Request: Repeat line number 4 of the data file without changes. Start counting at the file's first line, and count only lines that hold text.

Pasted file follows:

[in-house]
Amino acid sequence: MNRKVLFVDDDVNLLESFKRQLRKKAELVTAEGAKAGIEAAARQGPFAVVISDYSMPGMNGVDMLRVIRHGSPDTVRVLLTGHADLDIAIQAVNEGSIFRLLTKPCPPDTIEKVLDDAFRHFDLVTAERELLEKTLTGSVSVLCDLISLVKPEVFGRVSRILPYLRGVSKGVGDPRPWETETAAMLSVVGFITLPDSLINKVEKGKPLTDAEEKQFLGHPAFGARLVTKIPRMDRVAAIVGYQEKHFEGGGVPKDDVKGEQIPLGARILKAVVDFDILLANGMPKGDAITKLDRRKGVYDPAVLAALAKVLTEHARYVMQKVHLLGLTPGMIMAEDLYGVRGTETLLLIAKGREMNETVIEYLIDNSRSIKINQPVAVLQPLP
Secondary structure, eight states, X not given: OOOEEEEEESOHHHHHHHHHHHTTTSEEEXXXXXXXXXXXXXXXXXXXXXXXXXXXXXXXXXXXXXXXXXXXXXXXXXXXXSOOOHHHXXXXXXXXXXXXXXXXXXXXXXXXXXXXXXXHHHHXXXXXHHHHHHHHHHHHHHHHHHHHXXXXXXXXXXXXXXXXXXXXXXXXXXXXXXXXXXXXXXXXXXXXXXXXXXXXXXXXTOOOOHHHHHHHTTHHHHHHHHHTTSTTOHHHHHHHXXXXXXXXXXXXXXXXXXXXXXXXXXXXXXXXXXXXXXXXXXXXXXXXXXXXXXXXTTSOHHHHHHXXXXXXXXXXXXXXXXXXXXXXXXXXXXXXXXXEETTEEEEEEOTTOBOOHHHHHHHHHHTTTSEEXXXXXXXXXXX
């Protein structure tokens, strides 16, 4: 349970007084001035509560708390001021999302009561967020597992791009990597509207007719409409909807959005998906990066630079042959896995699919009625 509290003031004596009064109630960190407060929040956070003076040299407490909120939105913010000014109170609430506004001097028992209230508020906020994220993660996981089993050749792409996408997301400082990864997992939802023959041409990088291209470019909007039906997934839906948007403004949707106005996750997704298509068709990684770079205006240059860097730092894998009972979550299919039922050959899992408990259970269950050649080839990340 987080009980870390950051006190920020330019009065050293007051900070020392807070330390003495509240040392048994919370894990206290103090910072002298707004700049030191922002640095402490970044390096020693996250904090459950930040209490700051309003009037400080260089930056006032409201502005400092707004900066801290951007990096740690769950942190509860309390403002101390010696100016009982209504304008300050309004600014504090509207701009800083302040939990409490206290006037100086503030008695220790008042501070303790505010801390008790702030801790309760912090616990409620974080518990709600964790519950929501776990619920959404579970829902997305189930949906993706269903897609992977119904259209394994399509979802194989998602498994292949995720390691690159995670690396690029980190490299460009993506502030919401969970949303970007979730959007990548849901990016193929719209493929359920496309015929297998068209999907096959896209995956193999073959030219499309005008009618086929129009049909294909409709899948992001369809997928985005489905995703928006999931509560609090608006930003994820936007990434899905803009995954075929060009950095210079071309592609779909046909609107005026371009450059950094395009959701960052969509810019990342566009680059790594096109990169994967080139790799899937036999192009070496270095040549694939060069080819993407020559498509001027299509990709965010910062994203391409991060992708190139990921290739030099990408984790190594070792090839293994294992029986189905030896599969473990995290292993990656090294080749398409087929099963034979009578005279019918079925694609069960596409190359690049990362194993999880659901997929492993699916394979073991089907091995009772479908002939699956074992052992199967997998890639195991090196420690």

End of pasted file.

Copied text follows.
């Protein structure tokens, strides 16, 4: 349970007084001035509560708390001021999302009561967020597992791009990597509207007719409409909807959005998906990066630079042959896995699919009625 509290003031004596009064109630960190407060929040956070003076040299407490909120939105913010000014109170609430506004001097028992209230508020906020994220993660996981089993050749792409996408997301400082990864997992939802023959041409990088291209470019909007039906997934839906948007403004949707106005996750997704298509068709990684770079205006240059860097730092894998009972979550299919039922050959899992408990259970269950050649080839990340 987080009980870390950051006190920020330019009065050293007051900070020392807070330390003495509240040392048994919370894990206290103090910072002298707004700049030191922002640095402490970044390096020693996250904090459950930040209490700051309003009037400080260089930056006032409201502005400092707004900066801290951007990096740690769950942190509860309390403002101390010696100016009982209504304008300050309004600014504090509207701009800083302040939990409490206290006037100086503030008695220790008042501070303790505010801390008790702030801790309760912090616990409620974080518990709600964790519950929501776990619920959404579970829902997305189930949906993706269903897609992977119904259209394994399509979802194989998602498994292949995720390691690159995670690396690029980190490299460009993506502030919401969970949303970007979730959007990548849901990016193929719209493929359920496309015929297998068209999907096959896209995956193999073959030219499309005008009618086929129009049909294909409709899948992001369809997928985005489905995703928006999931509560609090608006930003994820936007990434899905803009995954075929060009950095210079071309592609779909046909609107005026371009450059950094395009959701960052969509810019990342566009680059790594096109990169994967080139790799899937036999192009070496270095040549694939060069080819993407020559498509001027299509990709965010910062994203391409991060992708190139990921290739030099990408984790190594070792090839293994294992029986189905030896599969473990995290292993990656090294080749398409087929099963034979009578005279019918079925694609069960596409190359690049990362194993999880659901997929492993699916394979073991089907091995009772479908002939699956074992052992199967997998890639195991090196420690």